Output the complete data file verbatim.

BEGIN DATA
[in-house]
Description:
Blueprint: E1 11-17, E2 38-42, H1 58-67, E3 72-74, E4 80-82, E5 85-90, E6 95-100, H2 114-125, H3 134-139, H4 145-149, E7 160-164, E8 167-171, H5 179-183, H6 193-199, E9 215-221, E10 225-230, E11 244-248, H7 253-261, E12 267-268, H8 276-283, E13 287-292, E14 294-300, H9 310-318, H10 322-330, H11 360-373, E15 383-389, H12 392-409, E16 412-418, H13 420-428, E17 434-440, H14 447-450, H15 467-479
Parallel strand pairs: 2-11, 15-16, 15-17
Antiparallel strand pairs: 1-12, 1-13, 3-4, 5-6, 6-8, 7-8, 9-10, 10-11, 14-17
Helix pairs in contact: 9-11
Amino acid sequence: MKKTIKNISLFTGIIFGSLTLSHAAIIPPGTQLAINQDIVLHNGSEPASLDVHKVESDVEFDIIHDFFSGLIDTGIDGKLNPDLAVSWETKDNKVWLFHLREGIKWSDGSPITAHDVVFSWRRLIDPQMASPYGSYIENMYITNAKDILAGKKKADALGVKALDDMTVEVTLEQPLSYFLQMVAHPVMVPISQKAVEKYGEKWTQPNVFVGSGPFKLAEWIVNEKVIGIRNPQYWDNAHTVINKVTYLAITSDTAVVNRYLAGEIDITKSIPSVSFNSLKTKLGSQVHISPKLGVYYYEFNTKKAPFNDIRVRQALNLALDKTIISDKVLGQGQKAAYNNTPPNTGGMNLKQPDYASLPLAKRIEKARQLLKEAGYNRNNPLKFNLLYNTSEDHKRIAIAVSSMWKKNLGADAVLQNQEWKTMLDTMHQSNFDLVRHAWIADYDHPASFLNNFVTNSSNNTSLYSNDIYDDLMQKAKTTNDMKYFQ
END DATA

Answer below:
[in-house]
Description:
Blueprint: E1 11-17, E2 38-42, H1 58-67, E3 72-74, E4 80-82, E5 85-90, E6 95-100, H2 114-125, H3 134-139, H4 145-149, E7 160-164, E8 167-171, H5 179-183, H6 193-199, E9 215-221, E10 225-230, E11 244-248, H7 253-261, E12 267-268, H8 276-283, E13 287-292, E14 294-300, H9 310-318, H10 322-330, H11 360-373, E15 383-389, H12 392-409, E16 412-418, H13 420-428, E17 434-440, H14 447-450, H15 467-479
Parallel strand pairs: 2-11, 15-16, 15-17
Antiparallel strand pairs: 1-12, 1-13, 3-4, 5-6, 6-8, 7-8, 9-10, 10-11, 14-17
Helix pairs in contact: 9-11
Amino acid sequence: MKKTIKNISLFTGIIFGSLTLSHAAIIPPGTQLAINQDIVLHNGSEPASLDVHKVESDVEFDIIHDFFSGLIDTGIDGKLNPDLAVSWETKDNKVWLFHLREGIKWSDGSPITAHDVVFSWRRLIDPQMASPYGSYIENMYITNAKDILAGKKKADALGVKALDDMTVEVTLEQPLSYFLQMVAHPVMVPISQKAVEKYGEKWTQPNVFVGSGPFKLAEWIVNEKVIGIRNPQYWDNAHTVINKVTYLAITSDTAVVNRYLAGEIDITKSIPSVSFNSLKTKLGSQVHISPKLGVYYYEFNTKKAPFNDIRVRQALNLALDKTIISDKVLGQGQKAAYNNTPPNTGGMNLKQPDYASLPLAKRIEKARQLLKEAGYNRNNPLKFNLLYNTSEDHKRIAIAVSSMWKKNLGADAVLQNQEWKTMLDTMHQSNFDLVRHAWIADYDHPASFLNNFVTNSSNNTSLYSNDIYDDLMQKAKTTNDMKYFQ